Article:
Glucose monitoring

The impact of a remote BG telemonitoring program with feedback in T2DM patients' fasting during Ramadan compared to conventional self-monitoring method was evaluated in a 12-week cluster randomized study.[27] Participants who wished to fast for at least 15 days during Ramadan (n = 85) were assessed. Self-measurement and transmission of BG results were performed six times daily during Ramadan. Results were transmitted to a secure website for review with feedback from case manager if necessary. The control group received usual care. The main outcome was the number of participants experiencing hypoglycemia during Ramadan and at the end of the study. During Ramadan, the number of participants reporting hypoglycemia was significantly lower in the telemonitoring group. Similarly, the proportion of participants reporting symptomatic hypoglycemia at the end of the study was significantly lower in the telemonitoring group. A greater reduction in HbA1c levels was observed in the telemonitoring group (P< 0.01), thus suggesting that telemonitoring was a useful adjunct to reduce the risk of hypoglycemia during Ramadan with no deterioration in glycemic control. The benefit of using the newer technology of flash glucose monitoring system in children and adolescents with T1DM during Ramadan was evaluated in a prospective pilot study of 51 patients.[28] Participants were able to fast for over two-thirds of the total days eligible for fasting, whereas they did not fast in the remaining third due to either hypoglycemia (15.4%) or nondiabetes-related reasons (17.6%). None developed severe hypoglycemia or DKA. The group from Al Ain, UAE used CGM to assess the impact of fasting on IG in 14 adolescents with T1DM during Ramadan.[29] The mean IG and durations of hypoglycemia, hyperglycemia, and severe hyperglycemia were recorded. There was no difference in any of the outcome measures between Ramadan and non-Ramadan months (before or after). They also compared the CGM data during fasting in adolescents with T1DM according to their Pre-Ramadan diabetes control.[30] Children and adolescents who intended to fast were fitted with the CGM during fasting for a minimum of 3 days. Using the same three outcome measures, they concluded that glycemic control before Ramadan in this group might predict BG profiles during Ramadan.

Pharmacological therapies

Oral agents

In principle, T2DM patients with proper education, dietary counseling, drug dosage adjustments, and glycemic control were to thought to be able to remain in safe, acceptable range.[31] In a more prescriptive approach, the safety of a drug protocol devised to accommodate Ramadan's dietary changes was evaluated.[32] It involved dose adjustments of four antidiabetic drug regimens in T2DM patients in a prospective, observational, open-label study involving 301 patients. Patients were classified into four groups according to medications' potential for hypoglycemia. During Ramadan, drug doses were adjusted as percentages of their respective pre-Ramadan doses. No cases of severe hyperglycemia were reported. Hypoglycemia occurred in the various groups at different rates which are predictable by their inherent hypoglycemic potential. Analysis of the VIRTUE study demonstrated that anti-hyperglycemic treatment with vildagliptin (308) led to significantly fewer hypoglycemic events compared to sulfonylurea treatment (n = 265) during Ramadan.[33] Good glycemic control, weight control, and safety results supported this outcome. The Canagliflozin in Ramadan Tolerance Observational Study was also reported in 2017.[34] It compared the tolerability of an sodium-glucose cotransporter 2 (SGLT2) inhibitor (canagliflozin) (n = 162) with sulphonylureas (159) in patients with T2DM who fast during Ramadan.[34] During Ramadan, fewer patients on canagliflozin experienced symptomatic hypoglycemia, but more experienced volume depletion events than sulphonylureas. Missed fasting days were few; medication adherence was high in both groups; and treatments were well tolerated, with low rates of adverse events and no serious adverse events in either group. This is the second member of the SGLT2 inhibitors class to be tested in Ramadan with similar results.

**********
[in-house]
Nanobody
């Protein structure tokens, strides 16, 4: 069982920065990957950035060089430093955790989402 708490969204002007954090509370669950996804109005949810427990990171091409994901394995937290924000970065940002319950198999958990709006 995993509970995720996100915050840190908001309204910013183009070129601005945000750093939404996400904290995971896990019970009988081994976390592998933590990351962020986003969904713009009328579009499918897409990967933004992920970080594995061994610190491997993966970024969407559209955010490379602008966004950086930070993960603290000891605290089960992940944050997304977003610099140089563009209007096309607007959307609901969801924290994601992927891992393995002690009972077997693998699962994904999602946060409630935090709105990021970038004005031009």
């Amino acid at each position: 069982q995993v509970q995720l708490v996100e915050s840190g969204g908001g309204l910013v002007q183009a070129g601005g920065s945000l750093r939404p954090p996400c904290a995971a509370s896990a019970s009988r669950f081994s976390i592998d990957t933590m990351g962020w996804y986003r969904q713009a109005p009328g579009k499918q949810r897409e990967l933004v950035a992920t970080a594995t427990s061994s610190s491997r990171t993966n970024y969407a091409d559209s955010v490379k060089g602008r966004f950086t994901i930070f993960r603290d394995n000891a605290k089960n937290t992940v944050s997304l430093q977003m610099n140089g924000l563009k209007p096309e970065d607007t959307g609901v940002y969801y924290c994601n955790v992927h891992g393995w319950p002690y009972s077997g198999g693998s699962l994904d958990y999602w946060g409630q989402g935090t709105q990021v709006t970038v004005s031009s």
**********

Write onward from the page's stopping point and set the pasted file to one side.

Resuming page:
Newer insulins

The efficacy and safety of the insulin degludec/insulin aspart (IDegAsp) were compared with biphasic insulin aspart 30 (BIAsp 30) before, during, and after Ramadan in patients with T2DM.[35] Treatment period included 8–20-week pre-Ramadan treatment initiation, Ramadan, and 4-week post-Ramadan. IDegAsp seemed more suitable therapeutic agent for patients who need insulin for sustained glucose control before, during, and after Ramadan fasting, with a significantly lower risk of hypoglycemia, versus BIAsp 30, an existing premixed insulin analog.

Drugs and risk stratification